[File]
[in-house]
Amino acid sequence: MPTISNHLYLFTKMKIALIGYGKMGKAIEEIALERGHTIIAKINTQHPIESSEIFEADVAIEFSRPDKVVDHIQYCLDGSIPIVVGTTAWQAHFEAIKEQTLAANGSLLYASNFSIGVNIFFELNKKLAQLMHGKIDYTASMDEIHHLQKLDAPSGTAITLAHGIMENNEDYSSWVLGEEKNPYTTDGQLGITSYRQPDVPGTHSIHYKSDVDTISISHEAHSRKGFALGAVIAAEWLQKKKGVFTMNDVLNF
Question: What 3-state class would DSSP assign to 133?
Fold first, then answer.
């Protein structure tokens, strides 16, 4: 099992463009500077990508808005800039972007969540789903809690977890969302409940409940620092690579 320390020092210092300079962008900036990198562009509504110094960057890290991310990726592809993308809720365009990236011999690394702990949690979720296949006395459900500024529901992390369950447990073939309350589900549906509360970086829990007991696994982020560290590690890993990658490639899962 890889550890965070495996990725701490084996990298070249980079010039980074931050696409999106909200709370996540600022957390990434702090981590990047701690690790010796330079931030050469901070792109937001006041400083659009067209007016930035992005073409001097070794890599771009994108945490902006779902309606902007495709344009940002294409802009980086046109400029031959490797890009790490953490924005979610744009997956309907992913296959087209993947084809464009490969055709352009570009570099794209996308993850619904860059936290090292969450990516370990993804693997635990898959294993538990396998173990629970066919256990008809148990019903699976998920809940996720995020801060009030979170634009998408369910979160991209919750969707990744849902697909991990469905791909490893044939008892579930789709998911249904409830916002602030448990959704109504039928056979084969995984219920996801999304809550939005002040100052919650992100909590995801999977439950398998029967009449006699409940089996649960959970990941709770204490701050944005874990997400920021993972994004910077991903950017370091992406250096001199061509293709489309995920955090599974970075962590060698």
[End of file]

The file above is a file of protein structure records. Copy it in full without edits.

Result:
[in-house]
Amino acid sequence: MPTISNHLYLFTKMKIALIGYGKMGKAIEEIALERGHTIIAKINTQHPIESSEIFEADVAIEFSRPDKVVDHIQYCLDGSIPIVVGTTAWQAHFEAIKEQTLAANGSLLYASNFSIGVNIFFELNKKLAQLMHGKIDYTASMDEIHHLQKLDAPSGTAITLAHGIMENNEDYSSWVLGEEKNPYTTDGQLGITSYRQPDVPGTHSIHYKSDVDTISISHEAHSRKGFALGAVIAAEWLQKKKGVFTMNDVLNF
Question: What 3-state class would DSSP assign to 133?
Fold first, then answer.
């Protein structure tokens, strides 16, 4: 099992463009500077990508808005800039972007969540789903809690977890969302409940409940620092690579 320390020092210092300079962008900036990198562009509504110094960057890290991310990726592809993308809720365009990236011999690394702990949690979720296949006395459900500024529901992390369950447990073939309350589900549906509360970086829990007991696994982020560290590690890993990658490639899962 890889550890965070495996990725701490084996990298070249980079010039980074931050696409999106909200709370996540600022957390990434702090981590990047701690690790010796330079931030050469901070792109937001006041400083659009067209007016930035992005073409001097070794890599771009994108945490902006779902309606902007495709344009940002294409802009980086046109400029031959490797890009790490953490924005979610744009997956309907992913296959087209993947084809464009490969055709352009570009570099794209996308993850619904860059936290090292969450990516370990993804693997635990898959294993538990396998173990629970066919256990008809148990019903699976998920809940996720995020801060009030979170634009998408369910979160991209919750969707990744849902697909991990469905791909490893044939008892579930789709998911249904409830916002602030448990959704109504039928056979084969995984219920996801999304809550939005002040100052919650992100909590995801999977439950398998029967009449006699409940089996649960959970990941709770204490701050944005874990997400920021993972994004910077991903950017370091992406250096001199061509293709489309995920955090599974970075962590060698």